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Amazon Subject of Illinois Biometric Information Privacy Act Lawsuit

Written by: Charles R. Langhorne IV, Esq.

Recently three plaintiffs filed a class-action lawsuit alleging that Amazon violated Illinois’ Biometric Information Privacy Act (“BIPA”), by collecting and storing “voiceprints” without the users’ consent.

Voiceprints

Amazon has a software product called Amazon Connect that companies use to run call-centers. One company with whom Amazon has partnered Pindrop Security. Pindrop Security has the capability to create a “voiceprint,” which is essentially a fingerprint based on your voice. Voiceprints are used to authenticate callers by the unique attributes of their voice.

Class-Action Details

The issue in this case arises from the creation of voiceprints without obtaining callers’ consent. Voiceprints are considered “biometric data” under BIPA, and BIPA requires consent of the data subject prior to collection and processing of such biometric data.

Specifically, the plaintiffs all used a call-center provided by financial services company, John Hancock. When the plaintiffs called the John Hancock support line, they were informed that they no longer needed to enter their security PIN, due to Pindrop’s ability to authenticate their calls based on their voice.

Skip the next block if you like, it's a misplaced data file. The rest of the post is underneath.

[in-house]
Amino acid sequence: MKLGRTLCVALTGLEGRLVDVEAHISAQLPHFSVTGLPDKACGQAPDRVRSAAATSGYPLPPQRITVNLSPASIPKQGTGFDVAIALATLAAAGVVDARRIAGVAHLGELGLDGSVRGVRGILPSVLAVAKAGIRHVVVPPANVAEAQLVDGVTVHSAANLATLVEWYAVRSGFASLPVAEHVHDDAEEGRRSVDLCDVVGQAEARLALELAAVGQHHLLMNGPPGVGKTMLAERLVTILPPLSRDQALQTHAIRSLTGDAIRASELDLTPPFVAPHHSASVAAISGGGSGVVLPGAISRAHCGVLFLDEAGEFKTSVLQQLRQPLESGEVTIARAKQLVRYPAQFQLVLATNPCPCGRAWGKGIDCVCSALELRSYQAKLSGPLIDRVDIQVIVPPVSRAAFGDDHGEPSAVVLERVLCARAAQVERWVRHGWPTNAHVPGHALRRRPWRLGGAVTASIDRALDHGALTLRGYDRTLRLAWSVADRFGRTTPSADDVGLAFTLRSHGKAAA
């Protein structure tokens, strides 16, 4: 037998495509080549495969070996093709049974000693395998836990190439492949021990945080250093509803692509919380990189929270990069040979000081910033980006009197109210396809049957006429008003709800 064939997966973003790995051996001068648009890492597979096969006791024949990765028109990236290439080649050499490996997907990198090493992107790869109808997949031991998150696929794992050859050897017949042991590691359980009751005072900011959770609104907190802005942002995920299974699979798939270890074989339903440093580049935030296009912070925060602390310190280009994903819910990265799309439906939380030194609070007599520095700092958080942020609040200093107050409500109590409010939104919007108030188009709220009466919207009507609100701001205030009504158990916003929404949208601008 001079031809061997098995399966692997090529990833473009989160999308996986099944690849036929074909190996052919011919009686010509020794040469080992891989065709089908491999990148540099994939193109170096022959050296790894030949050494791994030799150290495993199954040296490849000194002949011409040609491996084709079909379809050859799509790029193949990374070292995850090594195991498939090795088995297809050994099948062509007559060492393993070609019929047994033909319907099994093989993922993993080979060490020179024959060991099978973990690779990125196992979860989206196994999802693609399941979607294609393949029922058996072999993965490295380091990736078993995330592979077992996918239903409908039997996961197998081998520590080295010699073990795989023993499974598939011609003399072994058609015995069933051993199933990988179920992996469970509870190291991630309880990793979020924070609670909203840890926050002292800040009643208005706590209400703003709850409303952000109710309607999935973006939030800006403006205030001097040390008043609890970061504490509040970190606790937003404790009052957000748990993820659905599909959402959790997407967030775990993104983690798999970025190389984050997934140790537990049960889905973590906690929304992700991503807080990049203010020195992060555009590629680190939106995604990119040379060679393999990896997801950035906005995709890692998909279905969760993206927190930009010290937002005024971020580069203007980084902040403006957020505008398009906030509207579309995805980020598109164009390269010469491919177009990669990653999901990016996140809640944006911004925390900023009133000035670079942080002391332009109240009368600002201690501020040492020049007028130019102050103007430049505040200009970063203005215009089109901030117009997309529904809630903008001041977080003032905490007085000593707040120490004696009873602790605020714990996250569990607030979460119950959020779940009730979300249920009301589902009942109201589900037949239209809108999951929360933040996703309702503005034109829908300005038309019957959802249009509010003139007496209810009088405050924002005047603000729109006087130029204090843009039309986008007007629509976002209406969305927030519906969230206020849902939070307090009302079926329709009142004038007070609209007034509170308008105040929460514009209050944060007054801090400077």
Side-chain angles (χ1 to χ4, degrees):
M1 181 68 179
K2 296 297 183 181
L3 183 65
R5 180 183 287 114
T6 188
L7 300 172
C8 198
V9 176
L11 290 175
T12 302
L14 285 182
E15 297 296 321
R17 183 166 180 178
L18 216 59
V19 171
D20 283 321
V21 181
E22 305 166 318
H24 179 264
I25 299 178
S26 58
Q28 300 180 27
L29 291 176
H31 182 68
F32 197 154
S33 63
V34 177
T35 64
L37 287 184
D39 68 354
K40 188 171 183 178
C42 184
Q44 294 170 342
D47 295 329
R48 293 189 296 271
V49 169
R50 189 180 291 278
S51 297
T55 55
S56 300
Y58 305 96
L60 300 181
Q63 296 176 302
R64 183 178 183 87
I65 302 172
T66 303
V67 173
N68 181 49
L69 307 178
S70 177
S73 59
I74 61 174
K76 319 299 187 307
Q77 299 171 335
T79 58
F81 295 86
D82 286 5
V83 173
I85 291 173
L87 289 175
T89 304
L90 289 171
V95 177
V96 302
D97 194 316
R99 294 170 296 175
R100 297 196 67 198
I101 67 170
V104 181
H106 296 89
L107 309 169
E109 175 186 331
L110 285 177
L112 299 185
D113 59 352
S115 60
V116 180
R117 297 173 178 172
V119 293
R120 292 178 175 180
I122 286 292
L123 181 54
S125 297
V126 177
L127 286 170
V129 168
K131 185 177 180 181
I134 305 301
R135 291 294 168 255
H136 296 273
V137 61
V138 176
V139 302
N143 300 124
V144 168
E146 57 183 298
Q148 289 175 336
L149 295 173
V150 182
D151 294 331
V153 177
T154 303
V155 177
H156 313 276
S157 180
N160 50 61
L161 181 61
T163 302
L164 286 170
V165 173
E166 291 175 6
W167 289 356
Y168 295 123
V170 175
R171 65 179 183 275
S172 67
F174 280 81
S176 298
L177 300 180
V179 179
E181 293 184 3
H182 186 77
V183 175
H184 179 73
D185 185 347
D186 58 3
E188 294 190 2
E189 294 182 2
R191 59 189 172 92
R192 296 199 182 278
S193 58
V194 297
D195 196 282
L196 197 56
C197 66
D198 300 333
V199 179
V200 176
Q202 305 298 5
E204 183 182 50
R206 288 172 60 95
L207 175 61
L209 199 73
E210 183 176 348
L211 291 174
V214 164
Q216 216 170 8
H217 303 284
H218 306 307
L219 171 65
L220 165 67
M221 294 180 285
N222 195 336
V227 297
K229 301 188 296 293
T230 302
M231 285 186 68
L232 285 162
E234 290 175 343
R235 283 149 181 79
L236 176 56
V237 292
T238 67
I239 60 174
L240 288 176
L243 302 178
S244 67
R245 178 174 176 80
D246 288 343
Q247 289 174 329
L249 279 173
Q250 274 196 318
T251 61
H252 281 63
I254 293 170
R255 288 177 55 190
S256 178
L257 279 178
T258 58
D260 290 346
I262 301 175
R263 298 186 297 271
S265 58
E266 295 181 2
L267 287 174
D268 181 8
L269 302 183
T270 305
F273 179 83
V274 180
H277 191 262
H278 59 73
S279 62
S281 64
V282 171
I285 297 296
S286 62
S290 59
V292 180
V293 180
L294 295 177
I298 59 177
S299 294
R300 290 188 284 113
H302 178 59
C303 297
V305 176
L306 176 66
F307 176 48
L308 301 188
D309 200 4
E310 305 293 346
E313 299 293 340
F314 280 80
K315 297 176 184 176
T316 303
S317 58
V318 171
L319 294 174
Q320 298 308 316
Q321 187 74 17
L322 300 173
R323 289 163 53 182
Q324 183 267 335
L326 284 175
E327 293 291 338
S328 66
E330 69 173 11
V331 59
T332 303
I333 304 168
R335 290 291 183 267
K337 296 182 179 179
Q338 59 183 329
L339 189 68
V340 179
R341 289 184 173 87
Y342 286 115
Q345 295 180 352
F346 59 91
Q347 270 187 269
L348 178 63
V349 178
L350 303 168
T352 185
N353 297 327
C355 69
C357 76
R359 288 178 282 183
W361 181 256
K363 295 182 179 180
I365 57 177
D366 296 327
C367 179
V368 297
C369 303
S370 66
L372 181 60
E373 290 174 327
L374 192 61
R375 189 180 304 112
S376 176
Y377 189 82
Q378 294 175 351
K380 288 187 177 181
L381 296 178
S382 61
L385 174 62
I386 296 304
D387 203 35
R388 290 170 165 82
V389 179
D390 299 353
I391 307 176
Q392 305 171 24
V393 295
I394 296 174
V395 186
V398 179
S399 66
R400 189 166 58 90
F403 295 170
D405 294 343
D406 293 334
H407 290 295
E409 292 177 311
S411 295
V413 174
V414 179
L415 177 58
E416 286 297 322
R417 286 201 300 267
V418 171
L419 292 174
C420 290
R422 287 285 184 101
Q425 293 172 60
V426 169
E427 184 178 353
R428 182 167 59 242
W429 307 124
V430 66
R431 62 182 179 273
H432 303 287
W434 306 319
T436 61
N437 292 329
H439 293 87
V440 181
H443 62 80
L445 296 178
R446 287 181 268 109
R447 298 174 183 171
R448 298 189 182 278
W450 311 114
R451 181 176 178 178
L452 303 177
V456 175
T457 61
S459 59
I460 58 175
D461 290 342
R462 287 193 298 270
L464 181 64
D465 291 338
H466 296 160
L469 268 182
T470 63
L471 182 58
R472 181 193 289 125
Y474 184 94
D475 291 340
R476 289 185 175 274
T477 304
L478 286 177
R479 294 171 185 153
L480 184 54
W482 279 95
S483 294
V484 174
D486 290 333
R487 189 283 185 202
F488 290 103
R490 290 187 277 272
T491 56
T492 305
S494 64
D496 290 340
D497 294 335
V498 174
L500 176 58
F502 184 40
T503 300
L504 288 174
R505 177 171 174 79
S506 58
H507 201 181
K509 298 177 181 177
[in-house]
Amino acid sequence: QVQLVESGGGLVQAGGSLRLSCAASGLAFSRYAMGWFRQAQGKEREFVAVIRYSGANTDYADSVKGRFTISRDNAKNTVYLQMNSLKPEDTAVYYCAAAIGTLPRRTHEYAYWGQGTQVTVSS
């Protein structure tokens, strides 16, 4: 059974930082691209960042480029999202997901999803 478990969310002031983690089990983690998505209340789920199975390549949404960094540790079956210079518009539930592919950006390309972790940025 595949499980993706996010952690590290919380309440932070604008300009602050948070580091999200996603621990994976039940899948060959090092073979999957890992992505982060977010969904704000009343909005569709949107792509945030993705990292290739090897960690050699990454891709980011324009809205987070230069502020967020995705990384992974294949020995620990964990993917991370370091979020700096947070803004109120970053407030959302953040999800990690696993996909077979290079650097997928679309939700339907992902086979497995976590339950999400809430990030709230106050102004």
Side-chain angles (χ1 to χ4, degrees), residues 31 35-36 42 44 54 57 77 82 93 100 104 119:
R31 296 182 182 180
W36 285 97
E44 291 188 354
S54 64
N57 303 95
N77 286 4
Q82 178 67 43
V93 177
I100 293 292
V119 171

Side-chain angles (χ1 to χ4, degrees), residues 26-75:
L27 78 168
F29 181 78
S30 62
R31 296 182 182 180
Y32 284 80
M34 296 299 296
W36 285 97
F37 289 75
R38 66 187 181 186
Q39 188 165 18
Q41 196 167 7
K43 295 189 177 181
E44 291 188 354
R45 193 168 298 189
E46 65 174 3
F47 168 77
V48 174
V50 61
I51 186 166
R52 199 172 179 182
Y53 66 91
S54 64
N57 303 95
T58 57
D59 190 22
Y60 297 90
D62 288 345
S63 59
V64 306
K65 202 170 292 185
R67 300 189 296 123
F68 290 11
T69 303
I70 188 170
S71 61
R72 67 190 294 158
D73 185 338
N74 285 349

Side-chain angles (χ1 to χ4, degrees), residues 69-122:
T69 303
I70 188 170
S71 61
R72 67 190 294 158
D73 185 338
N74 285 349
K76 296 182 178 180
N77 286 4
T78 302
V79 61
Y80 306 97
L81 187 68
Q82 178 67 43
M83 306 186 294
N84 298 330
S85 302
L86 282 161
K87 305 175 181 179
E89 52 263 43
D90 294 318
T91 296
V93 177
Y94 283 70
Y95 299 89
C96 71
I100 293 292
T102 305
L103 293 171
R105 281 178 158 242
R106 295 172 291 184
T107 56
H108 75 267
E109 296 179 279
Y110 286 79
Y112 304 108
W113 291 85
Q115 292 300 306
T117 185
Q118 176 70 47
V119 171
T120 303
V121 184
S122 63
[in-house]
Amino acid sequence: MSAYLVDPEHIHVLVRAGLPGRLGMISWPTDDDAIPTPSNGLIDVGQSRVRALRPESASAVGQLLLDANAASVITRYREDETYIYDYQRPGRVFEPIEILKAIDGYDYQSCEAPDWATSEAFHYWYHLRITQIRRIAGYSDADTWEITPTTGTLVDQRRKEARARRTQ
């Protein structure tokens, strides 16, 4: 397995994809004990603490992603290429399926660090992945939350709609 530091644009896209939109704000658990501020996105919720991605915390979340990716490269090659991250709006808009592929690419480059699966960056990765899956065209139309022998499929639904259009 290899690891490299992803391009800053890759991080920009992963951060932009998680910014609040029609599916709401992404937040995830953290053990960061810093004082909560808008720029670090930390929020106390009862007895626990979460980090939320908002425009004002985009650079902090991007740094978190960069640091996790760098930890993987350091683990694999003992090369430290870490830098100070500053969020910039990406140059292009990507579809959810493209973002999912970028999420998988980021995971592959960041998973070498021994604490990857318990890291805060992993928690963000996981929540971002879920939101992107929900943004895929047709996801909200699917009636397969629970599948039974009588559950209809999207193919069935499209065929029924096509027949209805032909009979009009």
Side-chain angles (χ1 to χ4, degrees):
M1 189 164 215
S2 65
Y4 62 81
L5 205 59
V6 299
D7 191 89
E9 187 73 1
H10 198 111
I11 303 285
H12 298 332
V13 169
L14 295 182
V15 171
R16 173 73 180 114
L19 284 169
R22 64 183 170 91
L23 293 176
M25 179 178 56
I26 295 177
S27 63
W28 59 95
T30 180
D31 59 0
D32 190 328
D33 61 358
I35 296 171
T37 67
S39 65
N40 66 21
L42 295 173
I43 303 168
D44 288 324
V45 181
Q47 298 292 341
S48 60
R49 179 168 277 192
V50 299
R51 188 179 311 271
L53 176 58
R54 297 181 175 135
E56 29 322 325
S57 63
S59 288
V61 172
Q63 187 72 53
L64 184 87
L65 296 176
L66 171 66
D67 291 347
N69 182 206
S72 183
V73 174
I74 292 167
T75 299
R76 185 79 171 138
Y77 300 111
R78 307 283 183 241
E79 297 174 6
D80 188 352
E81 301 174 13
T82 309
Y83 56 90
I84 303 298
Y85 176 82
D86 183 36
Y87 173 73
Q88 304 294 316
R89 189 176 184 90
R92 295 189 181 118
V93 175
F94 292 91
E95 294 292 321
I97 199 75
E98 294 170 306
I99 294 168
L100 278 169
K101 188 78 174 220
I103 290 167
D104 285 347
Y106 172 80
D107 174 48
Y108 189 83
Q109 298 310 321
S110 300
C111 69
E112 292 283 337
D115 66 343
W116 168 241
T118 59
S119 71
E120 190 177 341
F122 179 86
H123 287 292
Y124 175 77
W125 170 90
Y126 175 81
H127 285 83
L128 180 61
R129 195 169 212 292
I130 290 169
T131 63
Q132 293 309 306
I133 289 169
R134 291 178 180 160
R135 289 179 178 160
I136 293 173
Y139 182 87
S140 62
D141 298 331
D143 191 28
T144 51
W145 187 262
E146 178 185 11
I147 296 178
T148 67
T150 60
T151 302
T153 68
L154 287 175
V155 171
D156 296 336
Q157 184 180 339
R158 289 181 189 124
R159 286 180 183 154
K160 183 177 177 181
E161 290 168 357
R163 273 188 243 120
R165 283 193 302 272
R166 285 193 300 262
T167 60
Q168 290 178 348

Ramifications

While this sounds like a convenient feature, it has serious security concerns. The lawsuit hones in on one in particular: the lack of security controls offered to callers in the event of a data breach. When using a PIN, if the business suffers a data breach, the caller can simply change their PIN. When a voiceprint is the only means of authentication, and the hacker obtains the voiceprint, there is nothing a caller can do change their voiceprint. This is certainly a problem when a voiceprint is used to authenticate into an account containing sensitive financial information such as John Hancock, but that could be the tip of the iceberg. Pindrop is in the business of making money. It is possible Pindrop provides voice authentication services for many companies with whom an individual may have accounts. If Pindrop were to suffer a data breach, which leads to the loss of a voiceprint, multiple accounts associated with an individual could be compromised, and the individual would have no means of “resetting a password.”